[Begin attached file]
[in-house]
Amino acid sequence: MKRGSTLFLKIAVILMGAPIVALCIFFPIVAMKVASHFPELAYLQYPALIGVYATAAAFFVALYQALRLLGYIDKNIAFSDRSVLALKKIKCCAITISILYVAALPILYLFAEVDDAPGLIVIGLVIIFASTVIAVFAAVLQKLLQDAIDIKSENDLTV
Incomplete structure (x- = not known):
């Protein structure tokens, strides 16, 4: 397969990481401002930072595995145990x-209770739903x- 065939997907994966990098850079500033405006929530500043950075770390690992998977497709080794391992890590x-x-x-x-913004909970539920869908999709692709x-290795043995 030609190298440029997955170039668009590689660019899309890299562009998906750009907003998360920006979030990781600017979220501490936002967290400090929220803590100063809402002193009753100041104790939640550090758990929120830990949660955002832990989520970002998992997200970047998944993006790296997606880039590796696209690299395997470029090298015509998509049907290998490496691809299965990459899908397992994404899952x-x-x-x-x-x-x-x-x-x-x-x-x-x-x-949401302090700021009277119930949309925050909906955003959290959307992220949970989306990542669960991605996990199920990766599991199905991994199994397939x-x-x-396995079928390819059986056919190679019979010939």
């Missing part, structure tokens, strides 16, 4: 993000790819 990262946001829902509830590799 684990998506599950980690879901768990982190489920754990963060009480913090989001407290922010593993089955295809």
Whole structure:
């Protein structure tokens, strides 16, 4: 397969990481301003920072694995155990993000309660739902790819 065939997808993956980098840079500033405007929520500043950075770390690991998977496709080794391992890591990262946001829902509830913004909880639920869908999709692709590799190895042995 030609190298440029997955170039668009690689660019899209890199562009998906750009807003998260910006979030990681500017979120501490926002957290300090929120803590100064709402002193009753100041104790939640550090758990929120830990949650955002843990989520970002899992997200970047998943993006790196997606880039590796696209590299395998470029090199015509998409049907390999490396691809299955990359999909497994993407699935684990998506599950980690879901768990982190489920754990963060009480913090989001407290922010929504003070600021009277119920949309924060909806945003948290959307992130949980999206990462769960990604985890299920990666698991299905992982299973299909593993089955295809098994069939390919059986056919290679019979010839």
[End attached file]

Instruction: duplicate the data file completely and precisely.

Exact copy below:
[in-house]
Amino acid sequence: MKRGSTLFLKIAVILMGAPIVALCIFFPIVAMKVASHFPELAYLQYPALIGVYATAAAFFVALYQALRLLGYIDKNIAFSDRSVLALKKIKCCAITISILYVAALPILYLFAEVDDAPGLIVIGLVIIFASTVIAVFAAVLQKLLQDAIDIKSENDLTV
Incomplete structure (x- = not known):
């Protein structure tokens, strides 16, 4: 397969990481401002930072595995145990x-209770739903x- 065939997907994966990098850079500033405006929530500043950075770390690992998977497709080794391992890590x-x-x-x-913004909970539920869908999709692709x-290795043995 030609190298440029997955170039668009590689660019899309890299562009998906750009907003998360920006979030990781600017979220501490936002967290400090929220803590100063809402002193009753100041104790939640550090758990929120830990949660955002832990989520970002998992997200970047998944993006790296997606880039590796696209690299395997470029090298015509998509049907290998490496691809299965990459899908397992994404899952x-x-x-x-x-x-x-x-x-x-x-x-x-x-x-949401302090700021009277119930949309925050909906955003959290959307992220949970989306990542669960991605996990199920990766599991199905991994199994397939x-x-x-396995079928390819059986056919190679019979010939």
């Missing part, structure tokens, strides 16, 4: 993000790819 990262946001829902509830590799 684990998506599950980690879901768990982190489920754990963060009480913090989001407290922010593993089955295809």
Whole structure:
């Protein structure tokens, strides 16, 4: 397969990481301003920072694995155990993000309660739902790819 065939997808993956980098840079500033405007929520500043950075770390690991998977496709080794391992890591990262946001829902509830913004909880639920869908999709692709590799190895042995 030609190298440029997955170039668009690689660019899209890199562009998906750009807003998260910006979030990681500017979120501490926002957290300090929120803590100064709402002193009753100041104790939640550090758990929120830990949650955002843990989520970002899992997200970047998943993006790196997606880039590796696209590299395998470029090199015509998409049907390999490396691809299955990359999909497994993407699935684990998506599950980690879901768990982190489920754990963060009480913090989001407290922010929504003070600021009277119920949309924060909806945003948290959307992130949980999206990462769960990604985890299920990666698991299905992982299973299909593993089955295809098994069939390919059986056919290679019979010839």